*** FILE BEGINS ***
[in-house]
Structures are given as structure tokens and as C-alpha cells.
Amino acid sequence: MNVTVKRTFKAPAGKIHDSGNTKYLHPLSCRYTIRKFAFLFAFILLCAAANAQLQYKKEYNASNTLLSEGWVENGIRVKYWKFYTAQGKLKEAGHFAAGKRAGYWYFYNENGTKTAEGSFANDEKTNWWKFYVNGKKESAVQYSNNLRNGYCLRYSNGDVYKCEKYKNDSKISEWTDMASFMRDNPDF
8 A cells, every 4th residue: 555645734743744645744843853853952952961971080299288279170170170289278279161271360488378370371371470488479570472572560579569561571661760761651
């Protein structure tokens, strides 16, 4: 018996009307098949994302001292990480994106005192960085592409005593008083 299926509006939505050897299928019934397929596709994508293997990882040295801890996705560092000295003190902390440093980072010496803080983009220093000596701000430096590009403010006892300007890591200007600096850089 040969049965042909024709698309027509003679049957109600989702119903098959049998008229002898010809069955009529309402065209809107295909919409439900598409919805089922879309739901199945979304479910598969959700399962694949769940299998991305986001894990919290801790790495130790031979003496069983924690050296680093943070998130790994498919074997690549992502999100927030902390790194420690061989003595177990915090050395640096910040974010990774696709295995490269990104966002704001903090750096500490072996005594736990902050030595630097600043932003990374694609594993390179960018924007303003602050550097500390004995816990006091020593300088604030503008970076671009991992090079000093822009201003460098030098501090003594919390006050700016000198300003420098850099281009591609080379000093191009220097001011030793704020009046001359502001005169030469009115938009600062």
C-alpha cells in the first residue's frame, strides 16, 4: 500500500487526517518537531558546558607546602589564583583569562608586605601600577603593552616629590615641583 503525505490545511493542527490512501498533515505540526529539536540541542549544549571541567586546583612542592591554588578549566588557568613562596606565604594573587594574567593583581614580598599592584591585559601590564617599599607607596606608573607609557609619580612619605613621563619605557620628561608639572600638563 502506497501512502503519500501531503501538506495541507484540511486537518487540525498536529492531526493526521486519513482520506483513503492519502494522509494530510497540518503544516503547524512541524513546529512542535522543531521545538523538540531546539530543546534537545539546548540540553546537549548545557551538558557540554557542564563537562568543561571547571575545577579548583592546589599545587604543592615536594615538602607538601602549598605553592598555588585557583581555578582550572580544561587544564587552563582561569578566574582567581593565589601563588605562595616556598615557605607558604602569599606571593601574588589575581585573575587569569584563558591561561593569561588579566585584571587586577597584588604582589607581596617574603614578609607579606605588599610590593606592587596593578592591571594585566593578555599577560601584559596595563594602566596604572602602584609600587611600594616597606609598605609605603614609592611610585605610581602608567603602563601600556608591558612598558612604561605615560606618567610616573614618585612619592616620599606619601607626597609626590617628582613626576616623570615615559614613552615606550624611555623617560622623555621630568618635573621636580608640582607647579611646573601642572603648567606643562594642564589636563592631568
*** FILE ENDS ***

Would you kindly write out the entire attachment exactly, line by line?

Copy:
[in-house]
Structures are given as structure tokens and as C-alpha cells.
Amino acid sequence: MNVTVKRTFKAPAGKIHDSGNTKYLHPLSCRYTIRKFAFLFAFILLCAAANAQLQYKKEYNASNTLLSEGWVENGIRVKYWKFYTAQGKLKEAGHFAAGKRAGYWYFYNENGTKTAEGSFANDEKTNWWKFYVNGKKESAVQYSNNLRNGYCLRYSNGDVYKCEKYKNDSKISEWTDMASFMRDNPDF
8 A cells, every 4th residue: 555645734743744645744843853853952952961971080299288279170170170289278279161271360488378370371371470488479570472572560579569561571661760761651
């Protein structure tokens, strides 16, 4: 018996009307098949994302001292990480994106005192960085592409005593008083 299926509006939505050897299928019934397929596709994508293997990882040295801890996705560092000295003190902390440093980072010496803080983009220093000596701000430096590009403010006892300007890591200007600096850089 040969049965042909024709698309027509003679049957109600989702119903098959049998008229002898010809069955009529309402065209809107295909919409439900598409919805089922879309739901199945979304479910598969959700399962694949769940299998991305986001894990919290801790790495130790031979003496069983924690050296680093943070998130790994498919074997690549992502999100927030902390790194420690061989003595177990915090050395640096910040974010990774696709295995490269990104966002704001903090750096500490072996005594736990902050030595630097600043932003990374694609594993390179960018924007303003602050550097500390004995816990006091020593300088604030503008970076671009991992090079000093822009201003460098030098501090003594919390006050700016000198300003420098850099281009591609080379000093191009220097001011030793704020009046001359502001005169030469009115938009600062």
C-alpha cells in the first residue's frame, strides 16, 4: 500500500487526517518537531558546558607546602589564583583569562608586605601600577603593552616629590615641583 503525505490545511493542527490512501498533515505540526529539536540541542549544549571541567586546583612542592591554588578549566588557568613562596606565604594573587594574567593583581614580598599592584591585559601590564617599599607607596606608573607609557609619580612619605613621563619605557620628561608639572600638563 502506497501512502503519500501531503501538506495541507484540511486537518487540525498536529492531526493526521486519513482520506483513503492519502494522509494530510497540518503544516503547524512541524513546529512542535522543531521545538523538540531546539530543546534537545539546548540540553546537549548545557551538558557540554557542564563537562568543561571547571575545577579548583592546589599545587604543592615536594615538602607538601602549598605553592598555588585557583581555578582550572580544561587544564587552563582561569578566574582567581593565589601563588605562595616556598615557605607558604602569599606571593601574588589575581585573575587569569584563558591561561593569561588579566585584571587586577597584588604582589607581596617574603614578609607579606605588599610590593606592587596593578592591571594585566593578555599577560601584559596595563594602566596604572602602584609600587611600594616597606609598605609605603614609592611610585605610581602608567603602563601600556608591558612598558612604561605615560606618567610616573614618585612619592616620599606619601607626597609626590617628582613626576616623570615615559614613552615606550624611555623617560622623555621630568618635573621636580608640582607647579611646573601642572603648567606643562594642564589636563592631568